Oblivion (2013)

21 Apr

Smith’s Verdict: ***

Reviewed by Tanner Smith

Post-apocalyptic world. Futuristic technology. Aliens. Impending doom. Chases. Dogfights. Crashes. Tom Cruise racing to the rescue. How many times have we seen that in a sci-fi movie? (OK, maybe not all at once, but you get the point.)

“Oblivion” is the latest sci-fi action-thriller to contain all of these elements, and more. We get the usual science-fiction basics that we’ve seen in such movies as “The Matrix,” “Total Recall,” “Minority Report,” and many more I could go on naming. But strangely enough, “Oblivion” is welcome for two reasons—1) It is still pretty intriguing and exciting, and you can sense that the filmmakers have a real respect for the genre; 2) It is always good to see a sci-fi film that is mainly idea-based. There may be a lot of action and special effects, but there are also all sorts of twists and turns along with many different concepts that are brought into the story.

However, that probably wouldn’t work in the film’s favor for box-office reasons and even for narrative reasons. For the former, I mean that “Oblivion” might actually be the rare sci-fi flick that teenagers won’t enjoy unless they’re willing to open their minds to such puzzling inclusions that come into place, particularly in the final half. Therefore, it may not make as much money as it would like to. And for the latter, I mean that there is way too much story material to fit into a 126-minute movie. I admire the creativity, but maybe half of it could have been the main focus (most of it is backstory, anyway). As a result, there are a few questions that come to mind because not all of them are answered in the movie.

But to the credit of the movie, I actually did care about what was happening onscreen, and even though I was somewhat confused by certain parts, I find myself thinking more about possible answers. That’s a sign that the movie did indeed work for me, and so I’m recommending it.

“Oblivion” takes place in the year 2077, years after a war between humanity and an invading alien race. Humanity won but Earth was destroyed—survivors have fled to Titan and set up home there. The Earth is watched by a series of drones and a few humans whose job is to look after them, while a few scattered survivors (known as Scavs) lurk about the remains of New York City. Tom Cruise stars as Jack (because just about every action hero needs the name “Jack,” doesn’t he?) who teams with Vic (Andrea Riseborough) to take care of these drones, just a couple weeks before they’re allowed to join the other humans. Their memories have been wiped out before the mission, but Jack seems to recollect certain vague memories that appear in his dreams, most of which involve a beautiful woman (Olga Kurylenko). Jack spends his days locating and repairing lost drones, but he isn’t as anxious to return to Titan as Vic, who would just as soon forget about anything except Jack and the mission. Jack would rather stay in a make-shift cabin he built himself in a safe zone because Earth feels like home. “We won the war,” Jack thinks to himself. “Why do we have to leave?”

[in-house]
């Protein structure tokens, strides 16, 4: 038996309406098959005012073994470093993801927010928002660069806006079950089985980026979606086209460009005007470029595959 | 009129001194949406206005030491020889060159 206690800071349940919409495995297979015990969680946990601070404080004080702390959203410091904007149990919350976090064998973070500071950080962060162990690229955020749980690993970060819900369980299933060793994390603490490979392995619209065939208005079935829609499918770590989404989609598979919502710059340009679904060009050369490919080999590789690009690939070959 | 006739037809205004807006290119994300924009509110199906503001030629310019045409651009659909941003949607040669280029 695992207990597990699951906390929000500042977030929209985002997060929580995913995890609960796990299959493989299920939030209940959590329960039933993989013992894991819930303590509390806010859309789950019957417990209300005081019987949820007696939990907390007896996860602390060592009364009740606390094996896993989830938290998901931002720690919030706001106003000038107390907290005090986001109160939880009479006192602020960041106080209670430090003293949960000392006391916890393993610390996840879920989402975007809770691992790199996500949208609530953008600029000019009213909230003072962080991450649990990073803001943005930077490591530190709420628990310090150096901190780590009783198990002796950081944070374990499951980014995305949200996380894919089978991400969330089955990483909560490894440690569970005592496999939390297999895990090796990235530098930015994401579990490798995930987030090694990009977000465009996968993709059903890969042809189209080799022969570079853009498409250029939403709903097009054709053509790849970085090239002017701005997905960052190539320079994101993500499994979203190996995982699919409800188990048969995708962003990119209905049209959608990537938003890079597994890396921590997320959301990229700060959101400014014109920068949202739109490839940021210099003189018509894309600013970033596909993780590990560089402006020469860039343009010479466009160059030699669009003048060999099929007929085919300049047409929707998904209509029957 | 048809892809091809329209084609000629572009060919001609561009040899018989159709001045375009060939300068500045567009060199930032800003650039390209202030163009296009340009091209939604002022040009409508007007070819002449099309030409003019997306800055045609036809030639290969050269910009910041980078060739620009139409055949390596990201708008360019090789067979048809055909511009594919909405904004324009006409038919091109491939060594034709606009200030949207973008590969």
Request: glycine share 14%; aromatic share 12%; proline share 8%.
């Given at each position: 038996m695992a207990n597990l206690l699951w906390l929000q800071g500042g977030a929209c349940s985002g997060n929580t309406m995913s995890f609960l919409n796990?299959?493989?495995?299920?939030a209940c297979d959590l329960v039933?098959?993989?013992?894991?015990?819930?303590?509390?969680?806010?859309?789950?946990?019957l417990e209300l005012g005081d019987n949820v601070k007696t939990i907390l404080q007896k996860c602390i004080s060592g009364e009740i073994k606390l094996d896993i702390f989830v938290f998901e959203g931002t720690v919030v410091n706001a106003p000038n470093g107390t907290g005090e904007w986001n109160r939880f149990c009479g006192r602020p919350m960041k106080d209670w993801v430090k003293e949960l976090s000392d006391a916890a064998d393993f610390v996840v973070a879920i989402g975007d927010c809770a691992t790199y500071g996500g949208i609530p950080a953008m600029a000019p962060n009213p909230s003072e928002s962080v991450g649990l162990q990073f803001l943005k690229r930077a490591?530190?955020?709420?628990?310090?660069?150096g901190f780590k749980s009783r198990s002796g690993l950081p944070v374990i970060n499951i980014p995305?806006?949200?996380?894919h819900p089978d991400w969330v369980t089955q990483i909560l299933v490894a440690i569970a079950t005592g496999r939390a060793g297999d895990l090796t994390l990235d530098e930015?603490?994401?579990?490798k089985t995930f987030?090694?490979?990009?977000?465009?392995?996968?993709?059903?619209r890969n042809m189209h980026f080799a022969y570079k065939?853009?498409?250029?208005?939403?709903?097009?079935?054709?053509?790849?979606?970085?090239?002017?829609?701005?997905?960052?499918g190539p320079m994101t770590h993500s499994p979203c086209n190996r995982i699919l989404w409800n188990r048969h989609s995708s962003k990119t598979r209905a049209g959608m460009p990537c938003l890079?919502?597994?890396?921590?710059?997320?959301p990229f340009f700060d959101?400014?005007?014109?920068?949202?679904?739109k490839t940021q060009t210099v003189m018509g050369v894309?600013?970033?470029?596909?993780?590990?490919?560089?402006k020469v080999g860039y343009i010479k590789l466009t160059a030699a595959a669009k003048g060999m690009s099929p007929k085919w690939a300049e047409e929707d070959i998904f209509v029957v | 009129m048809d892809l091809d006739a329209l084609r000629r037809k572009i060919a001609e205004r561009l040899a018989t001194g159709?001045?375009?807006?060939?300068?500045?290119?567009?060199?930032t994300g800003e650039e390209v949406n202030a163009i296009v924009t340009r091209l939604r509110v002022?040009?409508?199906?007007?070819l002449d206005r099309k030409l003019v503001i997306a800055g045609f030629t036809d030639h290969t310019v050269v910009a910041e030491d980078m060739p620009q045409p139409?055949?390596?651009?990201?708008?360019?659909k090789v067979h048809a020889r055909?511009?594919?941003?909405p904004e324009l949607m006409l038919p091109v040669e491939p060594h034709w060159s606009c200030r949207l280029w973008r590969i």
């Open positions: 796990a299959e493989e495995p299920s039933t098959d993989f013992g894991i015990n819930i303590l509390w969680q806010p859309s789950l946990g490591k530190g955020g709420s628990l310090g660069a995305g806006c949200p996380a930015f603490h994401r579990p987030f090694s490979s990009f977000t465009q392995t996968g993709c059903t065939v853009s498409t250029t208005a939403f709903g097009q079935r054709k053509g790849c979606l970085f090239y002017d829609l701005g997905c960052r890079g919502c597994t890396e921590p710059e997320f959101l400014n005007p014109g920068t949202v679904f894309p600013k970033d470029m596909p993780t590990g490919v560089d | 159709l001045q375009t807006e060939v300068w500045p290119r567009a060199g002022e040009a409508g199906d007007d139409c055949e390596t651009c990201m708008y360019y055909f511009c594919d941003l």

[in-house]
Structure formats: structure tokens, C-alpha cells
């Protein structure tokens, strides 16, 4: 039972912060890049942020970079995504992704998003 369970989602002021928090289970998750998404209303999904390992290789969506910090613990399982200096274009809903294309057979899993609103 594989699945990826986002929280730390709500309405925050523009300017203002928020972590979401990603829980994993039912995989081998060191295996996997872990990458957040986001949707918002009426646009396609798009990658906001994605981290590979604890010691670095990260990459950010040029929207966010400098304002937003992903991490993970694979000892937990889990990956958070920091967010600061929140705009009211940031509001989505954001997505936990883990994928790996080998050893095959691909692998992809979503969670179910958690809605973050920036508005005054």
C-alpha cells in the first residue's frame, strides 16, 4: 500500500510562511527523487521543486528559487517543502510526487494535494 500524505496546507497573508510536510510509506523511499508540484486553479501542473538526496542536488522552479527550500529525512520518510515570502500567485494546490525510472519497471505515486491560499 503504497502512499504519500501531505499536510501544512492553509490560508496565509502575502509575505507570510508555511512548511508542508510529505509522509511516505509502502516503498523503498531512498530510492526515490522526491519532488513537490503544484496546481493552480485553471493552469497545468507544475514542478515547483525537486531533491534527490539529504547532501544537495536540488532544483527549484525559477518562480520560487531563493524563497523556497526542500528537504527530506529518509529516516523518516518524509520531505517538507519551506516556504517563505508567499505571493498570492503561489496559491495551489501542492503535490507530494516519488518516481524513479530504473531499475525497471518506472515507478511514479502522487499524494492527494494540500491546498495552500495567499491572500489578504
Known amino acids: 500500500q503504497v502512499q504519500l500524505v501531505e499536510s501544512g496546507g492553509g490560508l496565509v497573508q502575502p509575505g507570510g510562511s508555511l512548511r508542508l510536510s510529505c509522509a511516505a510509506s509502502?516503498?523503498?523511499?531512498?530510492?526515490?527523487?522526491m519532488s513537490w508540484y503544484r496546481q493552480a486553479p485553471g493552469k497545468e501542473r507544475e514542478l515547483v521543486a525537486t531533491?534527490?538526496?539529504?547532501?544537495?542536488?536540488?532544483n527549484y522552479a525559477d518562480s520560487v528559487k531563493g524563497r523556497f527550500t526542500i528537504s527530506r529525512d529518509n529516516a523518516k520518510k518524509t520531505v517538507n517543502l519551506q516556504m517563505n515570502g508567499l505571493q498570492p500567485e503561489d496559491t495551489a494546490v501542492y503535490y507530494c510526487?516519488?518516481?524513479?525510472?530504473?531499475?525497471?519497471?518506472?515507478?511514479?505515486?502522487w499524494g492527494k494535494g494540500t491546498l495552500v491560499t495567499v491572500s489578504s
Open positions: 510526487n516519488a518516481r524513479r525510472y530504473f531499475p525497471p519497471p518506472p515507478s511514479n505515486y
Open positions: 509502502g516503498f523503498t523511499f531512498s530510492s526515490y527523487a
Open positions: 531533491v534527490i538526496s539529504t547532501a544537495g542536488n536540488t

Period. That’s all I’m going to say about the plot. Let’s just say that Jack comes across one important, revealing situation/development after another, and leave it at that. “Oblivion” piles on idea after idea after idea, and you have to pay attention because you just might miss something.

Tom Cruise delivers what the role of Jack needs—the same physicality and roughness that made Tom Cruise eligible for action flicks and sci-fi films in the first place. And he’s pretty solid, making us like and root for him as Tom Cruise does best in this kind of movie. But he shares no chemistry with Andrea Riseborough, who is pretty bland anyway; however, once Olga Kurylenko comes into the picture, those two actually click. And Kurylenko is an actress I can describe as “ethereal”—she has a wonderfully expressive face and brings a true appeal to her character. Also in the cast is a cigar-chomping Morgan Freeman as a ringleader for a human resistance living on Earth (don’t worry, that’s not a spoiler, as the ads for this movie make clear). He does what Morgan Freeman does best—express coolness with that distinctive deep voice of his.

The visual effects in “Oblivion” are practically Oscar-level. We have small aircraft for Cruise to fly around in, a high-rise apartment that sees over practically the entire East Coast, and of course a post-apocalyptic environment that includes the ruins of cities such as Washington DC and New York City. Even though we’ve seen this sort of world before, it’s still an effective setting for this sort of film. Even if people don’t care much for the story and how everything sort of (though sort of doesn’t) play itself out along the way, you can’t deny that “Oblivion” isn’t a great visual experience. See it in IMAX if you can.

After you’ve seen “Oblivion,” it’s probably best to talk about it with someone who already has seen it. This is one of those sci-fi movies that require to really think about what has just been thrown at you. Talking to someone about certain details may surprise you in what you can come with as a result. Or maybe just see it a second time and hope you catch certain things you didn’t notice the first time; that’s exactly what I’m going to do soon. I may have missed something, but I give “Oblivion” credit for actually making me care about what it was I had to consider. For that, I give it a mild recommendation.   

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One Response to “Oblivion (2013)”

  1. Oblivition July 29, 2016 at 11:59 am #

    one of grate movie released on 2013, i really love this movie

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